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7x57
01-24-2010, 2:34 PM
I preface this by saying that the article below discusses stare decisis in the context of Roe v. Wade. It is my wish that the thread not wander in that direction because it will invoke some sort of Godwin's Law-like rule. We can do that in Offtopic if necessary.

This article

http://newsmax.com/InsideCover/johnroberts-supremecourt-abortion-roev-wade/2010/01/24/id/347808

suggests something to me that didn't seem to occur to the author.


Moreover, when Roberts mentions a need to “curtail the precedent’s disruptive effects” and imagines instances in which a “precedent’s validity is so hotly contested that it cannot reliably function as a basis for decision in future cases,” the “hotly contested” Roe decision, which 37 years ago disrupted the abortion laws of all 50 states, cannot help but come to mind.


Perhaps, but what leaped to my mind was the disruptive effects of Slaughterhouse (is not the legal basis of segregation by definition disruptive?) and the the "hotly contested" nature of its validity (assuming "stark raving mad" is a kind of contest--actually "agreed by nearly all to be ridiculous" is surely worse than contested).

So the author thinks it signals a willingness to overturn Roe v. Wade. Whatever the truth of that may be, with McDonald before the court with Gura's brief giving pride of place to restoring the P&I clause, might it not signal a willingness to do just that?

Once again, it is my wish that my thread not become pointless speculation about abortion when it could remain pointless speculation about guns. :rolleyes:

7x57, "isn't pointless speculation about guns a key purpose of Calguns?"

hoffmang
01-24-2010, 2:44 PM
Comparing McDonald or Citizens United is tough. Stare Decisis that is wrong on the text of the constitution isn't stare decisis. Only part of McDonald rests on the unenumerated right to self defense. Roe rests on the unenumerated right to privacy. Unenumerated rights are going to have different jurisprudence.

-Gene

bulgron
01-24-2010, 4:01 PM
Comparing McDonald or Citizens United is tough. Stare Decisis that is wrong on the text of the constitution isn't stare decisis. Only part of McDonald rests on the unenumerated right to self defense. Roe rests on the unenumerated right to privacy. Unenumerated rights are going to have different jurisprudence.

-Gene

Roe can be recast in the unenumerated right to self-defense, if necessary. In fact, I believe Planned Parenthood filed an Amici in Roe which made that very argument.

In any case, what I see the Roberts court doing so far is ignoring Stare Decisis if doing so allows them to advance issues of liberty. I hope I'm not wrong about this, because if I'm not then we'll see the 2A incorporated and Roe left untouched.

hoffmang
01-24-2010, 4:27 PM
Roe can be recast in the unenumerated right to self-defense, if necessary. In fact, I believe Planned Parenthood filed an Amici in Roe which made that very argument.

In any case, what I see the Roberts court doing so far is ignoring Stare Decisis if doing so allows them to advance issues of liberty. I hope I'm not wrong about this, because if I'm not then we'll see the 2A incorporated and Roe left untouched.

I was going to mention the self defense nature of Roe but wanted to stay more to the point about the difference between enumerated and unenumerated rights. Unenumerated rights require a different analysis.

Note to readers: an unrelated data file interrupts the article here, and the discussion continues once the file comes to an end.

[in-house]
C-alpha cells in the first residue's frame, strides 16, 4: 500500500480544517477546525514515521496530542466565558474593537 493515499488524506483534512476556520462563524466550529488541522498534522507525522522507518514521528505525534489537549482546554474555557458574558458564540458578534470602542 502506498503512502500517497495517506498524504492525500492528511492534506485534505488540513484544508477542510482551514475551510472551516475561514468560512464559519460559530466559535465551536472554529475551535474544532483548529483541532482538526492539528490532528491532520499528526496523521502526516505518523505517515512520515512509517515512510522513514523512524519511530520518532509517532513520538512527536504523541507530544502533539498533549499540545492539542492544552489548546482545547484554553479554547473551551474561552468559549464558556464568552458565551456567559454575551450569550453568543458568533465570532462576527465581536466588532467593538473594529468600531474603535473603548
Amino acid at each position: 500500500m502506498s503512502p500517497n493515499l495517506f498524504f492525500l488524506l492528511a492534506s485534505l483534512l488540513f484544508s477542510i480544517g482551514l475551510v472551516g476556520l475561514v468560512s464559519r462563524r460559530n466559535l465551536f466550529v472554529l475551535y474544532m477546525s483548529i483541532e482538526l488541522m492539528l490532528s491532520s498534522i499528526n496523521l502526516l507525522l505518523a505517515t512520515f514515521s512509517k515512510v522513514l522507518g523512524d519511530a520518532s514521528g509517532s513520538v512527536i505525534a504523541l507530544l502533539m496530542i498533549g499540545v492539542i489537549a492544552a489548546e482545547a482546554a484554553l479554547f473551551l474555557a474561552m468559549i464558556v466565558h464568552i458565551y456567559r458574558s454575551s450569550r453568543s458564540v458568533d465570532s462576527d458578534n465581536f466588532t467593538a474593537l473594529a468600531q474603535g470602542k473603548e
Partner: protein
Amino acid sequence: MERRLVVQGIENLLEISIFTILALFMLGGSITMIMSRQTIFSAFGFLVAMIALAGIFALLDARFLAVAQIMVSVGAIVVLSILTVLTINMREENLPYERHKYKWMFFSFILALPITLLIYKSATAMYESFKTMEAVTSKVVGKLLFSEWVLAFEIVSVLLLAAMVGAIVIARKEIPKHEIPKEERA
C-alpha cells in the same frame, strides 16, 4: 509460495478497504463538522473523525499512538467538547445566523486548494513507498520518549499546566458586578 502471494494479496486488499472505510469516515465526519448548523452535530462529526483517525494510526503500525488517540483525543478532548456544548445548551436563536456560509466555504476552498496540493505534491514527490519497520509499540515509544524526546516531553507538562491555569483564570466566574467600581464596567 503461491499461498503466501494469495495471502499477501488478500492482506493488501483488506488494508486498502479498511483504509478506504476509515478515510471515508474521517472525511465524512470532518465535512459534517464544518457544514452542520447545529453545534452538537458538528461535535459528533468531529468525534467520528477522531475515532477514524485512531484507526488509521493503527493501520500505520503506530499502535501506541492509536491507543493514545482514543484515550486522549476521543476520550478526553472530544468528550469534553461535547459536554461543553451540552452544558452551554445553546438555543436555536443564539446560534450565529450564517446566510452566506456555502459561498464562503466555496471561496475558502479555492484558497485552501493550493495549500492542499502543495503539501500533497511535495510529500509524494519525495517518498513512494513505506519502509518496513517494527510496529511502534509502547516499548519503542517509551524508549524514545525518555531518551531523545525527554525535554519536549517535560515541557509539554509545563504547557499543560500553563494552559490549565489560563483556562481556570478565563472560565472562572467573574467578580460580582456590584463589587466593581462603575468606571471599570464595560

I don't see a turn away from the Stare Decisis of a decision (Slaughterhouse) that is wrong on its face means much for a decision that is not in conflict (Roe), and may be in harmony, with the text of the constitution.

-Gene

CaliforniaCarry
01-24-2010, 5:31 PM
Is there a chance that this decision will encourage future courts to also be just as bold, perhaps courts that aren't as conservative? My fear is that a future liberal court would now able to justify reversing Heller or other gun rights wins, based on the idea that it's "bad precedent" and that Stare Decisis doesn't apply because the decision was incorrect.

bulgron
01-24-2010, 5:36 PM
Is there a chance that this decision will encourage future courts to also be just as bold, perhaps courts that aren't as conservative? My fear is that a future liberal court would now able to justify reversing Heller or other gun rights wins, based on the idea that it's "bad precedent" and that Stare Decisis doesn't apply because the decision was incorrect.

I've always felt that a liberal court is way more likely to ignore Stare Decisis than a conservative court, so I don't see why this ruling makes any difference in that regard.

Basically, it will be really bad if the liberals get the majority at any time in the next 20 or 30 years.

dantodd
01-24-2010, 5:47 PM
I think the difference is that there is plentiful jurisprudence which was essentially ignored in the previous cases overturned by CU v FEC. With McDonald there is really only one case that is in question and it has been navigated around by many an able attorney in the past and surely SCOTUS could selectively incorporation and avoid Slaughter Houses completely. I think that overturning bad precedent in favor of an OPM or OI interpretation of the Constitution is a far better solution than intellectual contortionism to save stare decisis while adjudicating fairly. (i.e. if it's bad caselaw chuck it don't try to sneak around it so that you can do what's right without upsetting the applecart)

Not sure if this has been discussed as well but reason had a blog post about this too. http://reason.com/blog/2010/01/22/citizens-united-stare-decisis